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The Suburbanite
  • Glengarry Bhoys bring off-kilter appeal to Stark

  • The Glengarry Bhoys, a Celtic-rock band, will perform Oct. 26 at the Canton Palace Theatre. The event benefits the Jackson Local Schools Foundation.

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  • The professional trajectory of Glengarry County, Ontario-based Celtic-fusion band The Glengarry Bhoys has been as unorthodox as its uniquely theatrical approach to both live and studio recordings.
    “I always had a focus on not doing what everybody else is doing in other Celtic bands,” said band founder and Scottish born guitarist-vocalist Graham Wright. “We will go to Celtic festivals where there are 200,000 people and walk from tent to tent and hear the same songs. So why would someone hire ‘Joe Blow’ if they are going to get the same thing?”
    Reaction to that attitude from promoters and Celtic music fans has worked to Wright and the Bhoys’ favor. Still, being a pioneer is never a smooth sail. And The Glengarry Bhoys  have traditionally avoided tradition even in its arrangement of familiar Irish and Scottish numbers.
    “I have stood by my guns — it’s not pub music, it’s a concert,” Wright said. “And you don’t go to see Rascal Flatts to hear ‘The Devil Went Down to Georgia.’ So even when we do bring in old Scottish and Celtic songs, we research and make sure they haven’t been done in 20 or 30 years, then we completely revamp them. You have to change them up or it’s pointless for people to come to shows.”
    Change, as it were, has been a constant both on and off stage for the 17-year-old band.
    Formed in Wright’s adopted hometown of Glengarry County, The Glengarry Bhoys began as an offshoot of the former Cornwall Police Service officer’s burgeoning solo music career.
    “I think it all started in ’96 when I moved to Glengarry and was doing a lot of solo shows,” Wright said. “Things had just started growing, and I was going to Ottawa, Montreal, Toronto and then west and into the U.S. So I brought in a drummer (fellow police officer G.S. “Ziggy” Leroux) and formed the Glengarry Boys; or rather, it sort of morphed into that. (The band) got so big so fast (that) it kept expanding and kind of took on a life of its own.”
    The “alt-Celt” band eventually released nine CDs and sold a quarter of a million copies of the catalogue along the way. Album titles ranged from 1999’s “Full Contact Highlanding” and 2002’s “Juice” to more traditionally dubbed offerings like “Rhoots” (2004) and “The Mill Sessions (2006).”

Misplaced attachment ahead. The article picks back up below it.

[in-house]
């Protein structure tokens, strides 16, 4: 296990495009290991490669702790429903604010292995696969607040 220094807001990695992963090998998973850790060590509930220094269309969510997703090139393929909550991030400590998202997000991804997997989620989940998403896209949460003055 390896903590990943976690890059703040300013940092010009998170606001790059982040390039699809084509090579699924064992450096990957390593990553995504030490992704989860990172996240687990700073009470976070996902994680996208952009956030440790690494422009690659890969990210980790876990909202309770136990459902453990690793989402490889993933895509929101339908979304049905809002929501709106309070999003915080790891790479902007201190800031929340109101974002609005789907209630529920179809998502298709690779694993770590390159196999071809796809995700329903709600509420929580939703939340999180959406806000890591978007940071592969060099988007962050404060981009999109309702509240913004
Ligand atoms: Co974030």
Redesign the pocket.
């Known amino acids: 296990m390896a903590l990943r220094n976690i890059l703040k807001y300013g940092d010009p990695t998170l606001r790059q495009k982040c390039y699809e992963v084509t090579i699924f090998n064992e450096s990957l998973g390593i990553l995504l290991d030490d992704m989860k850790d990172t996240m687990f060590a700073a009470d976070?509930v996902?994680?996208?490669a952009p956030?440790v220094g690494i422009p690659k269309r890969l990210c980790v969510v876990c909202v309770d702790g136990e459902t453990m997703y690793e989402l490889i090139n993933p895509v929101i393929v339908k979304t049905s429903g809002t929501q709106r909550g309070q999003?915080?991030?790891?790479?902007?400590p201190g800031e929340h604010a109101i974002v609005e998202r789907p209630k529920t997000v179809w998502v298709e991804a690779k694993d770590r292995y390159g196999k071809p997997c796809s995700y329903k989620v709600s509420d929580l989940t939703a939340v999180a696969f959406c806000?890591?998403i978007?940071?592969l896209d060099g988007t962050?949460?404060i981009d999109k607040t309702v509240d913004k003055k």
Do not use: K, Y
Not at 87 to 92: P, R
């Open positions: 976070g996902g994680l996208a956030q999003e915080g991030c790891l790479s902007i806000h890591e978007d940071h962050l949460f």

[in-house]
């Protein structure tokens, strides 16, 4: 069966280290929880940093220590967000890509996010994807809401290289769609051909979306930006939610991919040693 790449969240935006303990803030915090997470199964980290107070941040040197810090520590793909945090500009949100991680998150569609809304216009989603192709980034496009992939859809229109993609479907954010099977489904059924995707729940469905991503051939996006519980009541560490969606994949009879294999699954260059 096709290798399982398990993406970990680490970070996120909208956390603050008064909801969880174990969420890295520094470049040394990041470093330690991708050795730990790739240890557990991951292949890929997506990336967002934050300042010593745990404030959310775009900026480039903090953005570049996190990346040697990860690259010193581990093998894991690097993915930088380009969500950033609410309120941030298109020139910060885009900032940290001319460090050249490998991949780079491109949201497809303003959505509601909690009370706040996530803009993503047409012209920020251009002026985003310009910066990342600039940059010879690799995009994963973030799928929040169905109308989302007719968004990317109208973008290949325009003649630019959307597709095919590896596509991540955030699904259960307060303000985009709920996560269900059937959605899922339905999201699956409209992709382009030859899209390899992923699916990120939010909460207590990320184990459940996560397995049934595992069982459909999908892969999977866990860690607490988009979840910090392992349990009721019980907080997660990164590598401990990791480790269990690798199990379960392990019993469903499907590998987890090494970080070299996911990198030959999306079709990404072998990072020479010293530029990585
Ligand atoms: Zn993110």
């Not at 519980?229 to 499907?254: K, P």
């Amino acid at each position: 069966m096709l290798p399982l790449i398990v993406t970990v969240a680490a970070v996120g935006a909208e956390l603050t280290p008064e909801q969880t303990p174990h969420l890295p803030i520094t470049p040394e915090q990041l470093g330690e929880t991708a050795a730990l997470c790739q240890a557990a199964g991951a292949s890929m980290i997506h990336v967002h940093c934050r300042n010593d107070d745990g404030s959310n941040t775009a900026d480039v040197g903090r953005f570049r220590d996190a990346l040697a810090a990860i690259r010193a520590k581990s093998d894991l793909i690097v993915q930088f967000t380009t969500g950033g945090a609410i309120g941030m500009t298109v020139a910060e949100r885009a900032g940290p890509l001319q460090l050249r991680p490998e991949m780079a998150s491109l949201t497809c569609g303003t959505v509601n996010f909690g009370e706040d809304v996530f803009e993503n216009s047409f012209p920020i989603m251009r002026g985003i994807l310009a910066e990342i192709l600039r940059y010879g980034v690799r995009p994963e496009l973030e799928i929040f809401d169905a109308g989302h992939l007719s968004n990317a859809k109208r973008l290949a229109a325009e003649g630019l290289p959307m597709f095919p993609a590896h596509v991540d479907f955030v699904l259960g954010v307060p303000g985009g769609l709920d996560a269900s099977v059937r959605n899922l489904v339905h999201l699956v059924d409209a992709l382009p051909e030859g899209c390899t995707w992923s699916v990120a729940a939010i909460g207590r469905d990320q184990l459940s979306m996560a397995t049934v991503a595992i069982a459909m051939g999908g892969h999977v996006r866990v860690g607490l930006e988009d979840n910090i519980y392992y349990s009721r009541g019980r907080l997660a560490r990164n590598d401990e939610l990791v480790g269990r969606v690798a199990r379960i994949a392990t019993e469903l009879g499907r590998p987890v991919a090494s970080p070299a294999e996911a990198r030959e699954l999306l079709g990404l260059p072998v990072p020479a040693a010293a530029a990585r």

The band also took its signature sound to the people via numerous TV and radio appearances and tours of Ireland, Scotland and the U.S.
    Along the way, band members came and went but Wright’s attention and approach to both music and life remained a constant.
    “A lot of people have been in the band and left, and now they are working at McDonald’s or I don’t know where,” Wright said. “I’m older (than the other band members), and I always tell the guys that this doesn’t last. Celtic music is popular per se, and you can make a living and be comfortable, but if you make one mistake, you’re gone. If you are doing drugs, or with some other woman, it’s not a badge of honor like that is in other genres. And if you (mess) up, you’re gone — and you are scrambling for a paycheck.”
    Page 2 of 2 - For this reason, Wright also has encouraged his band mates to look beyond their life in music altogether.
    “We could have chosen to do this full time, and we would have the work, but the road is a cruel mistress,” Wright said of the band’s decision to both pursue outside careers and pare down live appearances.
    “I was a police officer and now I am an engineer, the fiddle player (D’Arcy Furniss) is a lawyer, the bagpiper (Stephen McIntosh) is a doctor,” Wright said, adding that the group is rounded out by drummer-vocalist Adam Malone, who has been a Glengarry Bhoy for the past two years. “Now, (shows) are more desirable because … it’s an event.”
    Having performed at venues such as the Falls River Square Amphitheater in Cuyahoga Falls, Wright said the band has built up a great rapport with both Northeast Ohio audiences and certain fans in particular.
    The Glengarry Bhoys will return to Ohio Oct. 26 for a 7 p.m. show at the Canton Palace Theatre, 605 Market Ave. N. Proceeds from the show benefit the Jackson Local Schools Foundation.
    “We are looking forward to coming back to Ohio. We don’t get there often enough,” Wright said. “I make a lot of friends through music but not a lot of close ones; Jeff Moloney is one of my good friends now.”
    Moloney, a former Glengarry Bhoy and member of the Jackson Local Schools Foundation Board, said he was thrilled when the band agreed to play the event.
    “I was looking for something different and unique that people would enjoy,” Moloney said. “And I am really looking forward to it.”

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